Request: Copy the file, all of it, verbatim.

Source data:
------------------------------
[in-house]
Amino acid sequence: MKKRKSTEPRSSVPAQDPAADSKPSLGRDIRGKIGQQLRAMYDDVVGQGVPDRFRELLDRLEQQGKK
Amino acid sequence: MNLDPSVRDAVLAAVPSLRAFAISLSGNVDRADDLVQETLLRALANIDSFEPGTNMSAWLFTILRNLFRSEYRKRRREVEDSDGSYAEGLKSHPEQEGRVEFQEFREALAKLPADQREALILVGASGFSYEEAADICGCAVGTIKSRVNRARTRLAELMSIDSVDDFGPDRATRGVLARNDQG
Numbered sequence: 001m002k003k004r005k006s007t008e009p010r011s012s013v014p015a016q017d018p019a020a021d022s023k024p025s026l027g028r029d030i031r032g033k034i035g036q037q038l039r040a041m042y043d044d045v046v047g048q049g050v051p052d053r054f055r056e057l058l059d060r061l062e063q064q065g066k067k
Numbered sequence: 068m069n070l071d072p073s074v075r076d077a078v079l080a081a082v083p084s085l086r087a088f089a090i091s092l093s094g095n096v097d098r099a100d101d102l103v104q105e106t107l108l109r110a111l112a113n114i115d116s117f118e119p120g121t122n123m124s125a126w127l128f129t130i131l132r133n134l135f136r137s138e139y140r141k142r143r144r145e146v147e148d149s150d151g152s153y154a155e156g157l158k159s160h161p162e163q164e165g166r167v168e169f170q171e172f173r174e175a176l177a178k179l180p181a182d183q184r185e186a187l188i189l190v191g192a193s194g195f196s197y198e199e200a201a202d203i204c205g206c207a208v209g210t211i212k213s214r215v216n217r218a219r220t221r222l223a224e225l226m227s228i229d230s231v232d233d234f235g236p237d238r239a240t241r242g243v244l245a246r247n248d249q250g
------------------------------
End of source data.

[in-house]
Amino acid sequence: MKKRKSTEPRSSVPAQDPAADSKPSLGRDIRGKIGQQLRAMYDDVVGQGVPDRFRELLDRLEQQGKK
Amino acid sequence: MNLDPSVRDAVLAAVPSLRAFAISLSGNVDRADDLVQETLLRALANIDSFEPGTNMSAWLFTILRNLFRSEYRKRRREVEDSDGSYAEGLKSHPEQEGRVEFQEFREALAKLPADQREALILVGASGFSYEEAADICGCAVGTIKSRVNRARTRLAELMSIDSVDDFGPDRATRGVLARNDQG
Numbered sequence: 001m002k003k004r005k006s007t008e009p010r011s012s013v014p015a016q017d018p019a020a021d022s023k024p025s026l027g028r029d030i031r032g033k034i035g036q037q038l039r040a041m042y043d044d045v046v047g048q049g050v051p052d053r054f055r056e057l058l059d060r061l062e063q064q065g066k067k
Numbered sequence: 068m069n070l071d072p073s074v075r076d077a078v079l080a081a082v083p084s085l086r087a088f089a090i091s092l093s094g095n096v097d098r099a100d101d102l103v104q105e106t107l108l109r110a111l112a113n114i115d116s117f118e119p120g121t122n123m124s125a126w127l128f129t130i131l132r133n134l135f136r137s138e139y140r141k142r143r144r145e146v147e148d149s150d151g152s153y154a155e156g157l158k159s160h161p162e163q164e165g166r167v168e169f170q171e172f173r174e175a176l177a178k179l180p181a182d183q184r185e186a187l188i189l190v191g192a193s194g195f196s197y198e199e200a201a202d203i204c205g206c207a208v209g210t211i212k213s214r215v216n217r218a219r220t221r222l223a224e225l226m227s228i229d230s231v232d233d234f235g236p237d238r239a240t241r242g243v244l245a246r247n248d249q250g